This weekend is a very special one for our Foundation.
George Caulkin at the end of last year’s Great North Run
Today, Mini, Junior and 5km Great North Runners will be pulling on trainers and getting involved in what, for many, will be their first ‘proper’ race.
And tomorrow, among the tens of thousands of runners, almost 100 people will be taking on Great North Run – the famous half marathon from Newcastle to South Shields – to raise funds for us.
We love the Great North Run and so did Sir Bobby. He was the official starter of the race, twice. It’s an emotional occasion that brings out the best in people.
Our Patron, George Caulkin, will be among our runners and he says it’s his ‘favourite day of the year’.
George has tried to capture the feel of the event in words here and, we’re sure you’ll agree, he’s done a fantastic job.
Good luck to all our runners and supporters today and tomorrow. We hope you have a great day!
And thank you, George, for the beautiful words.
WE ARE THE GREAT NORTH RUN
We run this far because this far is impossible.
We run 13.1 miles because … me? No, never.
We run because we have never run before and we run because we have to.
We run for those we love.
We suffer to share their suffering.
We run with their names on our backs, so they can push us forward.
We raise money. We raise hope.
We run for mam or dad, for our sisters and uncle. For the wife and our fella.
We run to remember them, to run quicker than our loss.
We run to keep on running, because we are too scared to stop.
We put one foot in front of the other, because what else can we do?
We run for a stupid bet, because a mate said we can’t.
(We suspect they had a point, because we splutter, cough and stiffen).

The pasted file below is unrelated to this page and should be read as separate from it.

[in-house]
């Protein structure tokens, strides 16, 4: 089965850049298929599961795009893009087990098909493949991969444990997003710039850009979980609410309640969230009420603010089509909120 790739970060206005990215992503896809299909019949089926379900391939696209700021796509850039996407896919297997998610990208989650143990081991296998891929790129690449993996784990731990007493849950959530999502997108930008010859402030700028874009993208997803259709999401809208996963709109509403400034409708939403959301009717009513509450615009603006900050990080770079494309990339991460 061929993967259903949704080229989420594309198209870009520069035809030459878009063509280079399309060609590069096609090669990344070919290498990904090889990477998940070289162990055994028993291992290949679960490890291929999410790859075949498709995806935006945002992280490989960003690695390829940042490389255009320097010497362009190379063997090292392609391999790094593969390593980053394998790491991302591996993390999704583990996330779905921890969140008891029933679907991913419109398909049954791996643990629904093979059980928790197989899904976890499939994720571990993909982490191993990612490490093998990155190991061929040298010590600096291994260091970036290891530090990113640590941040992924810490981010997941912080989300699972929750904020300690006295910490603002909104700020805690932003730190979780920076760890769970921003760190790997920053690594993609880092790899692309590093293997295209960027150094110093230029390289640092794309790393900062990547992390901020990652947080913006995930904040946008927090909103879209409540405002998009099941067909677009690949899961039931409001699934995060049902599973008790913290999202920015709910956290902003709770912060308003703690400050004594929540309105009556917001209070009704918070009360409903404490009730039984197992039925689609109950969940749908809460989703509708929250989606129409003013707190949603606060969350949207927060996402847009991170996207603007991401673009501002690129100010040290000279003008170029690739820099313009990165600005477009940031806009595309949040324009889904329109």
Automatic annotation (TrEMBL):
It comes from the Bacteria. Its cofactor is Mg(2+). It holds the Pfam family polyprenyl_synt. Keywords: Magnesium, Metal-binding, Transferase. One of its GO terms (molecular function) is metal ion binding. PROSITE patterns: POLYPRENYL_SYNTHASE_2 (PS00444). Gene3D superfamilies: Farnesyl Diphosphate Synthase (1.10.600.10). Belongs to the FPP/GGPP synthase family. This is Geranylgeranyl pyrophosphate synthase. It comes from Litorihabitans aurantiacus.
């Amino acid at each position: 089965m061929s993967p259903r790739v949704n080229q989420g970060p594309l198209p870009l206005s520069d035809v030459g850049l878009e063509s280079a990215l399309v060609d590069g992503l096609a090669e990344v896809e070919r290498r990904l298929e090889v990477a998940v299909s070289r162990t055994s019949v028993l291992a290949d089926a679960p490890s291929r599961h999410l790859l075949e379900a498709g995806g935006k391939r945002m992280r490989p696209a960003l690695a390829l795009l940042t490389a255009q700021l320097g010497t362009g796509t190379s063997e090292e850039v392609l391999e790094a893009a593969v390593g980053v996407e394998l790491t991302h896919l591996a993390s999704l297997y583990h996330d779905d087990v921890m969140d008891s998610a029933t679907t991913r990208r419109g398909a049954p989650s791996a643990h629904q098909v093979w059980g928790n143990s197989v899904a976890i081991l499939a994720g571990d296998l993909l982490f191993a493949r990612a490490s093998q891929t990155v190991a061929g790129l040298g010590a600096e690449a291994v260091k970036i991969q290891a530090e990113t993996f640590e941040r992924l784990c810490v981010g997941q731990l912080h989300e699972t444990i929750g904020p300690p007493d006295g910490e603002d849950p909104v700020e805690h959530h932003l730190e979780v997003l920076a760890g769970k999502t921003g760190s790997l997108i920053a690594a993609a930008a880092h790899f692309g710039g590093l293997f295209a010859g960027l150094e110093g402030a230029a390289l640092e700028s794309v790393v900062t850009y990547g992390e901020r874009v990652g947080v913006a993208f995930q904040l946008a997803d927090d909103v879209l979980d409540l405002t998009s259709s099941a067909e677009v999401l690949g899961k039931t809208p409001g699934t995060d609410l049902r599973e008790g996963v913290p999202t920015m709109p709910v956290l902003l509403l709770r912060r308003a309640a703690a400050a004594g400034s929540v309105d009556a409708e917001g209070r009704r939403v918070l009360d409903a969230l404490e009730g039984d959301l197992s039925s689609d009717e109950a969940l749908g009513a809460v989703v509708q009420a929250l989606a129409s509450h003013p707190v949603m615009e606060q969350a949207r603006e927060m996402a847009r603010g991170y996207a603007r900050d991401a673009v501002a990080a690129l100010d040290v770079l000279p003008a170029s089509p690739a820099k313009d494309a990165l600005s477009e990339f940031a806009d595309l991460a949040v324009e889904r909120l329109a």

We run to drink less. We run to earn our drink.
We don’t run because it makes us better, but we run because we try.
We run to win.
We win because we run.
We run and feel alive.
We run to outsprint death.
We cannot run so we holler, we scrawl on placards and bring sweets.
We high five and we giggle.
We scan the crowd for our partners, for our parents and friends.
We wait and we fret.
We see and we scream.
We stand in hi-vis, hand out water, smear Vaseline and corral.
We serve tea in tents, shout from busses. We massage. We console.
We strain at the start line and wonder what we’ve done.
We run on legs, we run on wheels, we run in costumes, we run for kicks.
We run in yellow, we run in orange, we run in white, green and pink.
We run for you, we run for us.
We run because of Brendan and on the same streets as Mo.
We grimace and we grin, we hoot in tunnels, wade up hills.
We run for the Red Arrows, for the ice pops and jelly beans.
We run in a bubble, closed off and alone.
We lift our heads for all those faces. We hear overwhelming noise.
We feel the encouragement of strangers. In their ‘howay son’ and ‘gan on lass’.
We teem across the Tyne Bride and surge to the North Sea.
We burn and hit the wall, we cramp and we sweat.
We smell the ozone and kick too early.
We see the line and we sprint.
We stumble and we limp.
We gurn for the cameras and we are torn asunder by grief.
We say not until the next time.
We grip our medals and we cry.
We are the biggest run of all.
We are everything and we are small.
We are the Great North Run.
With apologies and thanks to Liz Robbins, author of ‘A Race Like No Other’.